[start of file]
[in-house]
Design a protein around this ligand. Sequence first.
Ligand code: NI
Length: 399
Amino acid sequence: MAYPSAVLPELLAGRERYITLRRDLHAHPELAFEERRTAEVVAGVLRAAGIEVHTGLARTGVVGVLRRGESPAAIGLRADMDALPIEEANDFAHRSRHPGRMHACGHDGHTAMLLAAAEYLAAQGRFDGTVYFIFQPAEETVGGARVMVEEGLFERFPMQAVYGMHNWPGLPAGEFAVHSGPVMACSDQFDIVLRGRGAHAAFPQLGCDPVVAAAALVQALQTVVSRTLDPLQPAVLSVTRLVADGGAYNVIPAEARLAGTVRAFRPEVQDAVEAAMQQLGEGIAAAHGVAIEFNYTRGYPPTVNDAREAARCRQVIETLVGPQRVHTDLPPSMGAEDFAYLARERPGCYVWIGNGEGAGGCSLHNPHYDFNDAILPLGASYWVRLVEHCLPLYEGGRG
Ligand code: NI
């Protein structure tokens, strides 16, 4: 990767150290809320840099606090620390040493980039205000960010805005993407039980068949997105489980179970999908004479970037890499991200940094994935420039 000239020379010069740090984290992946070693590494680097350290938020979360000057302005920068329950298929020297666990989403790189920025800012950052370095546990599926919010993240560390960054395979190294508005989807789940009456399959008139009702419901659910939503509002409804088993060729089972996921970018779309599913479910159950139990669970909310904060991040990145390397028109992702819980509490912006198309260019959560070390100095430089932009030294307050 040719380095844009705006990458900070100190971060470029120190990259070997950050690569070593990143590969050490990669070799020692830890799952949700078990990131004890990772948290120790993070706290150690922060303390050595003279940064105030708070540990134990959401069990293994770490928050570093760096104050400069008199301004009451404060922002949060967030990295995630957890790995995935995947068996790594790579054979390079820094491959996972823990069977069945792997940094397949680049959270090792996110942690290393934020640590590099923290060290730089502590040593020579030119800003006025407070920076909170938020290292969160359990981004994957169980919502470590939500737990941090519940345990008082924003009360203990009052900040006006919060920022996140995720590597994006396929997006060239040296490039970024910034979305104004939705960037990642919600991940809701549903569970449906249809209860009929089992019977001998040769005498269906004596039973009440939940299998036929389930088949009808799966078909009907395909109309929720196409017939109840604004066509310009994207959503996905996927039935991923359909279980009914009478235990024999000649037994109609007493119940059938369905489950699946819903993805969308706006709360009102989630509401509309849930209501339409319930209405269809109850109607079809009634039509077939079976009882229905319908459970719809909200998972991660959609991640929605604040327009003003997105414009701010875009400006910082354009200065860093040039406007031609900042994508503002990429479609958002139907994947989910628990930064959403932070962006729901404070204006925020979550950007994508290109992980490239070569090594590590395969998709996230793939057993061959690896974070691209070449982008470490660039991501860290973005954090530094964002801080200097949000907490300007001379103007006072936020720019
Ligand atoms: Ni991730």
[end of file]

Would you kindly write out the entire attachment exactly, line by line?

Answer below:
[in-house]
Design a protein around this ligand. Sequence first.
Ligand code: NI
Length: 399
Amino acid sequence: MAYPSAVLPELLAGRERYITLRRDLHAHPELAFEERRTAEVVAGVLRAAGIEVHTGLARTGVVGVLRRGESPAAIGLRADMDALPIEEANDFAHRSRHPGRMHACGHDGHTAMLLAAAEYLAAQGRFDGTVYFIFQPAEETVGGARVMVEEGLFERFPMQAVYGMHNWPGLPAGEFAVHSGPVMACSDQFDIVLRGRGAHAAFPQLGCDPVVAAAALVQALQTVVSRTLDPLQPAVLSVTRLVADGGAYNVIPAEARLAGTVRAFRPEVQDAVEAAMQQLGEGIAAAHGVAIEFNYTRGYPPTVNDAREAARCRQVIETLVGPQRVHTDLPPSMGAEDFAYLARERPGCYVWIGNGEGAGGCSLHNPHYDFNDAILPLGASYWVRLVEHCLPLYEGGRG
Ligand code: NI
């Protein structure tokens, strides 16, 4: 990767150290809320840099606090620390040493980039205000960010805005993407039980068949997105489980179970999908004479970037890499991200940094994935420039 000239020379010069740090984290992946070693590494680097350290938020979360000057302005920068329950298929020297666990989403790189920025800012950052370095546990599926919010993240560390960054395979190294508005989807789940009456399959008139009702419901659910939503509002409804088993060729089972996921970018779309599913479910159950139990669970909310904060991040990145390397028109992702819980509490912006198309260019959560070390100095430089932009030294307050 040719380095844009705006990458900070100190971060470029120190990259070997950050690569070593990143590969050490990669070799020692830890799952949700078990990131004890990772948290120790993070706290150690922060303390050595003279940064105030708070540990134990959401069990293994770490928050570093760096104050400069008199301004009451404060922002949060967030990295995630957890790995995935995947068996790594790579054979390079820094491959996972823990069977069945792997940094397949680049959270090792996110942690290393934020640590590099923290060290730089502590040593020579030119800003006025407070920076909170938020290292969160359990981004994957169980919502470590939500737990941090519940345990008082924003009360203990009052900040006006919060920022996140995720590597994006396929997006060239040296490039970024910034979305104004939705960037990642919600991940809701549903569970449906249809209860009929089992019977001998040769005498269906004596039973009440939940299998036929389930088949009808799966078909009907395909109309929720196409017939109840604004066509310009994207959503996905996927039935991923359909279980009914009478235990024999000649037994109609007493119940059938369905489950699946819903993805969308706006709360009102989630509401509309849930209501339409319930209405269809109850109607079809009634039509077939079976009882229905319908459970719809909200998972991660959609991640929605604040327009003003997105414009701010875009400006910082354009200065860093040039406007031609900042994508503002990429479609958002139907994947989910628990930064959403932070962006729901404070204006925020979550950007994508290109992980490239070569090594590590395969998709996230793939057993061959690896974070691209070449982008470490660039991501860290973005954090530094964002801080200097949000907490300007001379103007006072936020720019
Ligand atoms: Ni991730």